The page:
Jaqui and Fernando Levy Hara and their sons, Brian and ___________, recently traveled to Morocco to learn more about their Jewish Sephardic roots. They were surprised to see how deep the Jewish culture is in present-day Morocco, through the food, craftsmanship in the markets and even in their language. They found that every city still has the old Melah-the ancient Jewish quarter. Melah means “salt” in Arabic as well as Hebrew, because the Jewish merchants used to trade salt, which was as expensive as gold in those times
The Levy Hara family visited synagogues, some several centuries old, and a few were still functioning as synagogues, while the rest were kept as museums. They visited a Jewish cemetery in Marrakech, with tombs from even before the ninth century. At the Jewish museum in Casablanca, they learned that during World War II, the King did not accept Hitler’s orders to arrest and hand over all the Jews to the Nazis in order to be deported to the extermination camps, and that Morocco is the only Muslim country that recognized the existence of the Jewish people and their right to exist.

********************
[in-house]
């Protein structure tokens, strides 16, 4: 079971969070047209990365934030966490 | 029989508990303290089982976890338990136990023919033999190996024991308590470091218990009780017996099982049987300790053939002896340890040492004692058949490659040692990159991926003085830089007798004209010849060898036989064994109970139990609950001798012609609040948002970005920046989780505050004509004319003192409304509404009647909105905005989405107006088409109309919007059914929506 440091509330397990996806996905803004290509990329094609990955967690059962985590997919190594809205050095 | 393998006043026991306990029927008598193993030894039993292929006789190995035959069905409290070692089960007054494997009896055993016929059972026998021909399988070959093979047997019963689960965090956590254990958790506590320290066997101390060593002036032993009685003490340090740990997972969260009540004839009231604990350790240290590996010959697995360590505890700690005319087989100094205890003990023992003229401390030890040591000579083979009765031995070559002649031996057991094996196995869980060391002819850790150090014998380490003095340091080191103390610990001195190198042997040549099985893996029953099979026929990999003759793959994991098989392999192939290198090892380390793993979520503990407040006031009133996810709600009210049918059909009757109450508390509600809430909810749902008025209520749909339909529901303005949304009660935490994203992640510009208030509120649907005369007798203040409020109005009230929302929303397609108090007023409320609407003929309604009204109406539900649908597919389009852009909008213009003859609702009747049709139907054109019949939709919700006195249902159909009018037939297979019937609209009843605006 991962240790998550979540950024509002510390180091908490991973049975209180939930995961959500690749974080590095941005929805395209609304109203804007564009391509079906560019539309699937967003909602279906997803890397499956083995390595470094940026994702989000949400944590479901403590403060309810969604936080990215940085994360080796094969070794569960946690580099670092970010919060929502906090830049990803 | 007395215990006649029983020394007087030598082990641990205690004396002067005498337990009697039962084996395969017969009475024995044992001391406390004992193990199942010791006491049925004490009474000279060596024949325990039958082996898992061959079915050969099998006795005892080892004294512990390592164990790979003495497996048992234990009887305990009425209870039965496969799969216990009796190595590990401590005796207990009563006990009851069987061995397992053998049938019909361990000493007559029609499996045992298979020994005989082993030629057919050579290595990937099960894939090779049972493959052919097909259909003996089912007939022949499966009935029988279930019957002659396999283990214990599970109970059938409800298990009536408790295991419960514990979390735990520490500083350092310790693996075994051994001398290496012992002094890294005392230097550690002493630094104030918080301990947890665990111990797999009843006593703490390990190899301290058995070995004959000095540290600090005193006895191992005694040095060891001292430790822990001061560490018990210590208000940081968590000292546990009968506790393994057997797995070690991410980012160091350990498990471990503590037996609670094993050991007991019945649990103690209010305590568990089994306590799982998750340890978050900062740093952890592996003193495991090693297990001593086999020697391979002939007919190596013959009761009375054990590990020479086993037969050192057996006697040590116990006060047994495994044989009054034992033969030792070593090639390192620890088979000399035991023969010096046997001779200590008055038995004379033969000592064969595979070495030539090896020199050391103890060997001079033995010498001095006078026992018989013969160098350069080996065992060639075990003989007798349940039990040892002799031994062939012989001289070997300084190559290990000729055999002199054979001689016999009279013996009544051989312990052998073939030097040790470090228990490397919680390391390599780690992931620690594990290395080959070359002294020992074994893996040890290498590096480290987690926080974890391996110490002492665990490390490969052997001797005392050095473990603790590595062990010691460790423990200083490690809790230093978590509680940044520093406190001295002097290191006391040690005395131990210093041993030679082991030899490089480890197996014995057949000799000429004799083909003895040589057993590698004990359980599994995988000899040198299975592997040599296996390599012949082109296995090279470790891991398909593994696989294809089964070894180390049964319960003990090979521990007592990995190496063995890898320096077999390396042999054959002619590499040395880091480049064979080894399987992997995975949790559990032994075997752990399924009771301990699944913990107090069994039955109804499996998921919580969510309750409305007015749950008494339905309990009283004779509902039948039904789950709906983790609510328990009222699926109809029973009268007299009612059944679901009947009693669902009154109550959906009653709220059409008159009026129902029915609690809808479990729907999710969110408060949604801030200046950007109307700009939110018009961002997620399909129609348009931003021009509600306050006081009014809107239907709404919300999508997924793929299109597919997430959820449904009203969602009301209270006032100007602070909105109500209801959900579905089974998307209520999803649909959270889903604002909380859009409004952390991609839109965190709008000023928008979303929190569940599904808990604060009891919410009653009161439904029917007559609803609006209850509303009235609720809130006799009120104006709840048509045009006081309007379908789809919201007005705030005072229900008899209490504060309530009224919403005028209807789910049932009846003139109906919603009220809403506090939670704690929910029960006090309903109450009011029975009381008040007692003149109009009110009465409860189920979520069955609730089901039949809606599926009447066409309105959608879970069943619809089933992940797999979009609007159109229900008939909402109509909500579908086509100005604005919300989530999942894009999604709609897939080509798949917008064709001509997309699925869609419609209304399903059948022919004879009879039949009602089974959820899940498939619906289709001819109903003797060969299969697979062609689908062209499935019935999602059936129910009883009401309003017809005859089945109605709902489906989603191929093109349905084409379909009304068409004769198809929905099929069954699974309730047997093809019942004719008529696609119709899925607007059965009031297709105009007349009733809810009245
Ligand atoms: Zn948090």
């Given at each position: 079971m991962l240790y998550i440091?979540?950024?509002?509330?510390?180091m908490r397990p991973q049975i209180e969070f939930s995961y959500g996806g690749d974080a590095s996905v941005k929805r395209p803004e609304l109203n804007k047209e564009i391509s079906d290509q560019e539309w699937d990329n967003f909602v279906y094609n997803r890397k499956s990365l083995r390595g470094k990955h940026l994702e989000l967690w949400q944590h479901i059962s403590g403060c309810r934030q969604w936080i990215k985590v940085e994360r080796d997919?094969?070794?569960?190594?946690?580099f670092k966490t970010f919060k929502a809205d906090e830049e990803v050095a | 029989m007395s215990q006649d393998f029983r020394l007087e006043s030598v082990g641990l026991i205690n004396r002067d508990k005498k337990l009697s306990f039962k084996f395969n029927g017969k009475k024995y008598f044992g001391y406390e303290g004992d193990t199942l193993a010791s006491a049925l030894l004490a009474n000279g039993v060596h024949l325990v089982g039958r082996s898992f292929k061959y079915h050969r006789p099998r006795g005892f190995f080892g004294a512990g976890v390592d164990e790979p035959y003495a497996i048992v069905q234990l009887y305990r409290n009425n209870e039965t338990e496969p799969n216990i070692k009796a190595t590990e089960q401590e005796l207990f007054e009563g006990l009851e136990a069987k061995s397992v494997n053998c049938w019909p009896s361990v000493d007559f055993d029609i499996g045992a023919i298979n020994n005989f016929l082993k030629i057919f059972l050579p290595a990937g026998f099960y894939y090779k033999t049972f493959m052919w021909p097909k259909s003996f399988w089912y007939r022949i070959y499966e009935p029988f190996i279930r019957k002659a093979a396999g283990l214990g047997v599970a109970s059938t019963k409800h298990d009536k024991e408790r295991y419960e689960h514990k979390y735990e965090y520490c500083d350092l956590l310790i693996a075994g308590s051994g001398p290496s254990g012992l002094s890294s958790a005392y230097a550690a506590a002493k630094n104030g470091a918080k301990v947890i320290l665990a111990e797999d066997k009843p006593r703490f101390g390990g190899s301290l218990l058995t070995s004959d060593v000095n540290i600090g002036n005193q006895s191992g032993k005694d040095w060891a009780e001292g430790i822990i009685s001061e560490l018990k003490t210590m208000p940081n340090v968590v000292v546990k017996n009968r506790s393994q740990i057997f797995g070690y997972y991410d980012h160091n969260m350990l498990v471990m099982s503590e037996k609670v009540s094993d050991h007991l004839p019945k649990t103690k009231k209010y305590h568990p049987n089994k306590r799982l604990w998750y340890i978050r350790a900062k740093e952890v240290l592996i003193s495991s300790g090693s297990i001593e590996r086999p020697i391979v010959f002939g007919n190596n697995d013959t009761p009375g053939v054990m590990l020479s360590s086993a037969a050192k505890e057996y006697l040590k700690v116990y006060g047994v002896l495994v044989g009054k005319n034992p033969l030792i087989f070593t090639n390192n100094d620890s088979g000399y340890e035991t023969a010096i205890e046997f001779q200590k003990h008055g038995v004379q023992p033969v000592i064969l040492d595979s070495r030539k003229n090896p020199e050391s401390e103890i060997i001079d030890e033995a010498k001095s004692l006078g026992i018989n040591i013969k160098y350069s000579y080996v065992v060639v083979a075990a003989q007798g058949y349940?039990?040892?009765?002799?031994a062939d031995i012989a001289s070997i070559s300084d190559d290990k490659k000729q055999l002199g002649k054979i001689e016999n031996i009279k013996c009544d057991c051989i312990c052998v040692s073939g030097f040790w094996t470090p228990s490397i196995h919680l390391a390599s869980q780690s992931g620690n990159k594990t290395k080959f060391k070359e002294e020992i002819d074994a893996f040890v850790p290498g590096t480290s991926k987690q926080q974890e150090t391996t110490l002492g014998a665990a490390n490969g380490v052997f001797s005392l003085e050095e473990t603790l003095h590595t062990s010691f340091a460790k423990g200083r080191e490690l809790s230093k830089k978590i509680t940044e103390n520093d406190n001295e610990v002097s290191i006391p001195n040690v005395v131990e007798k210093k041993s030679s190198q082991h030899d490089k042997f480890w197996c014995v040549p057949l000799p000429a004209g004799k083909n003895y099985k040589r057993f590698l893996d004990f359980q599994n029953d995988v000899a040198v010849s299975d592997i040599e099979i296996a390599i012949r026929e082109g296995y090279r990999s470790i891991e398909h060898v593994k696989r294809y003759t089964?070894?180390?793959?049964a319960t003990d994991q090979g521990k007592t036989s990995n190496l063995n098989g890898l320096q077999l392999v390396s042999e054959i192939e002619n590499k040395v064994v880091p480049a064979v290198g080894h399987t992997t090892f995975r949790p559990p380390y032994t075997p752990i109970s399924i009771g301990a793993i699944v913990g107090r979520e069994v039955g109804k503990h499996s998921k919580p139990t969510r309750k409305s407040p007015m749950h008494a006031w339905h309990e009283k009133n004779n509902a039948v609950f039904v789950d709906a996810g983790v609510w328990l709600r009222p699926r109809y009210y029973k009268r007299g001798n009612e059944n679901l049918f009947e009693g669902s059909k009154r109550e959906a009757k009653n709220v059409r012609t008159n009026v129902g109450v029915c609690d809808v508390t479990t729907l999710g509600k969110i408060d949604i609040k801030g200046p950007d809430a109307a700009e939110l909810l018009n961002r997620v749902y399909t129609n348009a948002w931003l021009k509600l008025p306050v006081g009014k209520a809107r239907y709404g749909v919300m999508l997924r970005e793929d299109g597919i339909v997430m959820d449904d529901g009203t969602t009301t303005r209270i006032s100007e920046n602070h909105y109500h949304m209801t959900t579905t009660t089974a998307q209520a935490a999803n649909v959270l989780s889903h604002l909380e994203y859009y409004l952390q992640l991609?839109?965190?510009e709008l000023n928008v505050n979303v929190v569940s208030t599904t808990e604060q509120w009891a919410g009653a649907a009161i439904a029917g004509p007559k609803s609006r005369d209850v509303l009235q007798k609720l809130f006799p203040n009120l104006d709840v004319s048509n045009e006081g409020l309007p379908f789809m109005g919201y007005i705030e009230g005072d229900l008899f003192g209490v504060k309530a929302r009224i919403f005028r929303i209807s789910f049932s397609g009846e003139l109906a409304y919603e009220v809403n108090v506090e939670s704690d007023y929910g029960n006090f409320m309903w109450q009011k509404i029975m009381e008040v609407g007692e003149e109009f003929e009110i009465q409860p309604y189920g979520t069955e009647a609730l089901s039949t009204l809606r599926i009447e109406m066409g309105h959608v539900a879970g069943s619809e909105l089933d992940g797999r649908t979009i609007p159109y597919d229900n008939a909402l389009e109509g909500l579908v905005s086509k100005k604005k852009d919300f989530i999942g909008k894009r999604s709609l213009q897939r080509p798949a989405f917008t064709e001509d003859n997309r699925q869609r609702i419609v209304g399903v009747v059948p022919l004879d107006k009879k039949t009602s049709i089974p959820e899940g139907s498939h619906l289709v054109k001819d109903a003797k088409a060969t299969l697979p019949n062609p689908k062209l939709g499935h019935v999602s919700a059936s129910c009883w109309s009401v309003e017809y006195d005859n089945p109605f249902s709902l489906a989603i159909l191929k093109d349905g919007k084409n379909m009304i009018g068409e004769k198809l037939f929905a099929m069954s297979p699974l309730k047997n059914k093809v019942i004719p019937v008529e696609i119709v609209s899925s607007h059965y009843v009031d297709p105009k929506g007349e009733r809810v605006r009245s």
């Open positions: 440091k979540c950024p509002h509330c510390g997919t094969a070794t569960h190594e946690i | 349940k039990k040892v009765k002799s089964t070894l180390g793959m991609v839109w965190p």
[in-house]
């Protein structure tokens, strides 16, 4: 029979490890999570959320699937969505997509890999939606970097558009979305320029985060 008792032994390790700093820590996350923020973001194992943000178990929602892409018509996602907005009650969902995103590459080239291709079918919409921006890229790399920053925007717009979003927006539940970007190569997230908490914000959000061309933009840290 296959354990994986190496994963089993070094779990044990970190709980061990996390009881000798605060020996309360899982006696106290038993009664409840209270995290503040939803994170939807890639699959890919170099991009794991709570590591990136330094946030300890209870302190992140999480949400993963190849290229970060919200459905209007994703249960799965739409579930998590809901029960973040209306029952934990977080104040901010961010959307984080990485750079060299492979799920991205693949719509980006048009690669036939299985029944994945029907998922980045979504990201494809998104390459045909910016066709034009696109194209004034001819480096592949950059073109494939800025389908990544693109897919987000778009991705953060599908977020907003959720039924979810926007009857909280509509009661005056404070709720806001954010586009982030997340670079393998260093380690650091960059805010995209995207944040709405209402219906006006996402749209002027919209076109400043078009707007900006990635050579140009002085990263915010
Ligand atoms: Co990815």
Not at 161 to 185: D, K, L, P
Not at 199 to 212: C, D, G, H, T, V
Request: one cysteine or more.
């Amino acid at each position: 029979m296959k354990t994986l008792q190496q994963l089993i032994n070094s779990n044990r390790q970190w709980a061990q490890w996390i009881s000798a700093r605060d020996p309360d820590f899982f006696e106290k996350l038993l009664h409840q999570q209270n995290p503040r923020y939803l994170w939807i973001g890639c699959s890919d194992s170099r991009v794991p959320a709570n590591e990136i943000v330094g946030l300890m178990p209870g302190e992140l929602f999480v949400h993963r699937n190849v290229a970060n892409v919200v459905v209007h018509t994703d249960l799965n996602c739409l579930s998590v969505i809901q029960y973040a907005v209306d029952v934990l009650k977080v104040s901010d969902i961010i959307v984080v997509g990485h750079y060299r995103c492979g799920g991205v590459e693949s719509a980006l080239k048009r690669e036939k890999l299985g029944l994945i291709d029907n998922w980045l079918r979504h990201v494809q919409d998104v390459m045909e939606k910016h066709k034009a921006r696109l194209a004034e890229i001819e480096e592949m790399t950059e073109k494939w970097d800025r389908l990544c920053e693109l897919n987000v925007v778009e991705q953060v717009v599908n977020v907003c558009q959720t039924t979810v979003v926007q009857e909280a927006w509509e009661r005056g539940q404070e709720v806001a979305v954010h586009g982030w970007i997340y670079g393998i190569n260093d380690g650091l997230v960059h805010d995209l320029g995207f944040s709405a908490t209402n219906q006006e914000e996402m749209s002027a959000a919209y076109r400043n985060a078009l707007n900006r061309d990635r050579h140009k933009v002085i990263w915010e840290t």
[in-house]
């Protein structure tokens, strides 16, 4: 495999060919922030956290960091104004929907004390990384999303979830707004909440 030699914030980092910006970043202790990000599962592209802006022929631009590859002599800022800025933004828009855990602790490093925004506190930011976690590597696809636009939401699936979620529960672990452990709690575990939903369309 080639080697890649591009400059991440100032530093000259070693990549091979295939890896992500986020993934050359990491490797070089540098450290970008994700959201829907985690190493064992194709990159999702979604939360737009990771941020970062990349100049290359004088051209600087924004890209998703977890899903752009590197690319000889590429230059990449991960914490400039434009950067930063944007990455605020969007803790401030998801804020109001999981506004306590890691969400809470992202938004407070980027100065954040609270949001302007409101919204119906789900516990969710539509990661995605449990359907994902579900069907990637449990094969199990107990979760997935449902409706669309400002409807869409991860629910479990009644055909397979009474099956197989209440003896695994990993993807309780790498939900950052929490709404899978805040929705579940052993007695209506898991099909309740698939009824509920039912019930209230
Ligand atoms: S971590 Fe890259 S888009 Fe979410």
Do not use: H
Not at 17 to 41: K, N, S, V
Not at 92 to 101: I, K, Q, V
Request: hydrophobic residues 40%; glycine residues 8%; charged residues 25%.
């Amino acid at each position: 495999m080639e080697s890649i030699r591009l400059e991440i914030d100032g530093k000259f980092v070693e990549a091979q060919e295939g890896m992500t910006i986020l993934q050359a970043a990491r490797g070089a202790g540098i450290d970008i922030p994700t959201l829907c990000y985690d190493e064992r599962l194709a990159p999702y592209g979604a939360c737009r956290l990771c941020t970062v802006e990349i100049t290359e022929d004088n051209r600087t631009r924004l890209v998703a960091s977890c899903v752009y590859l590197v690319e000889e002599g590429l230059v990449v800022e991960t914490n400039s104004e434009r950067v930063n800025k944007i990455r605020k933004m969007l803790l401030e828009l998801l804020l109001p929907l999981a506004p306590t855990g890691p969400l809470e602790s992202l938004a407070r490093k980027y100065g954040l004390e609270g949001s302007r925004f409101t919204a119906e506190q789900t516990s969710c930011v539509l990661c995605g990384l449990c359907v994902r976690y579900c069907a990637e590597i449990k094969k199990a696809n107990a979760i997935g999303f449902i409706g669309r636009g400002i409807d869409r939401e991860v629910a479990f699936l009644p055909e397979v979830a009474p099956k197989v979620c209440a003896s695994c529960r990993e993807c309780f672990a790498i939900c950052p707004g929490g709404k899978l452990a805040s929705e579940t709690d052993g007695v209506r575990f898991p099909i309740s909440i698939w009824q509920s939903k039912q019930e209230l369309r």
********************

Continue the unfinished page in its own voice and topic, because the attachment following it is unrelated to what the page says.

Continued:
One of their most memorable moments was their camel ridge to a bereber camp in the middle of the desert, on the top of the High Atlas Mountain where they spent New Year’s Eve around a campfire. They slept in tents in 28 degree weather (of course no heat or electricity) and despite the cold, their hearts were warm with an even stronger family bond and appreciation of their heritage.